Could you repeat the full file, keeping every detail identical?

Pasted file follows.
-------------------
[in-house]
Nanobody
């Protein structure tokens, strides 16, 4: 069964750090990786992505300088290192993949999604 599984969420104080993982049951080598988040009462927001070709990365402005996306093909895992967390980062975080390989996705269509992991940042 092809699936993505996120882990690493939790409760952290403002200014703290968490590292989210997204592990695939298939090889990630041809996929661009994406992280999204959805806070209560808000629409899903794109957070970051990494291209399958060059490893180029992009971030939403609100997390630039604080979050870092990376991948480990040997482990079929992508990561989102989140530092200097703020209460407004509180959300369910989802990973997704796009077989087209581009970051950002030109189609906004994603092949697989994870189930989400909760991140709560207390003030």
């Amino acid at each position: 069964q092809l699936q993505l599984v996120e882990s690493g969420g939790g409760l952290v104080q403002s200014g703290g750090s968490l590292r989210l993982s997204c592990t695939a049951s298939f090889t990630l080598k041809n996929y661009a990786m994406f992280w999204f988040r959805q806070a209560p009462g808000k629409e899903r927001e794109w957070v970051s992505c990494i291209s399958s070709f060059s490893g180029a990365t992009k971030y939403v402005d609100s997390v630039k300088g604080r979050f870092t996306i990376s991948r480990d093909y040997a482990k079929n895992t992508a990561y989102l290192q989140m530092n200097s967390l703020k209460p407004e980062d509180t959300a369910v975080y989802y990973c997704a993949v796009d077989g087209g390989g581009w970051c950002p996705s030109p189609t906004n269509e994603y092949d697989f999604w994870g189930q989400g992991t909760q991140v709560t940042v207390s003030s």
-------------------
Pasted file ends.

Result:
[in-house]
Nanobody
């Protein structure tokens, strides 16, 4: 069964750090990786992505300088290192993949999604 599984969420104080993982049951080598988040009462927001070709990365402005996306093909895992967390980062975080390989996705269509992991940042 092809699936993505996120882990690493939790409760952290403002200014703290968490590292989210997204592990695939298939090889990630041809996929661009994406992280999204959805806070209560808000629409899903794109957070970051990494291209399958060059490893180029992009971030939403609100997390630039604080979050870092990376991948480990040997482990079929992508990561989102989140530092200097703020209460407004509180959300369910989802990973997704796009077989087209581009970051950002030109189609906004994603092949697989994870189930989400909760991140709560207390003030």
């Amino acid at each position: 069964q092809l699936q993505l599984v996120e882990s690493g969420g939790g409760l952290v104080q403002s200014g703290g750090s968490l590292r989210l993982s997204c592990t695939a049951s298939f090889t990630l080598k041809n996929y661009a990786m994406f992280w999204f988040r959805q806070a209560p009462g808000k629409e899903r927001e794109w957070v970051s992505c990494i291209s399958s070709f060059s490893g180029a990365t992009k971030y939403v402005d609100s997390v630039k300088g604080r979050f870092t996306i990376s991948r480990d093909y040997a482990k079929n895992t992508a990561y989102l290192q989140m530092n200097s967390l703020k209460p407004e980062d509180t959300a369910v975080y989802y990973c997704a993949v796009d077989g087209g390989g581009w970051c950002p996705s030109p189609t906004n269509e994603y092949d697989f999604w994870g189930q989400g992991t909760q991140v709560t940042v207390s003030s």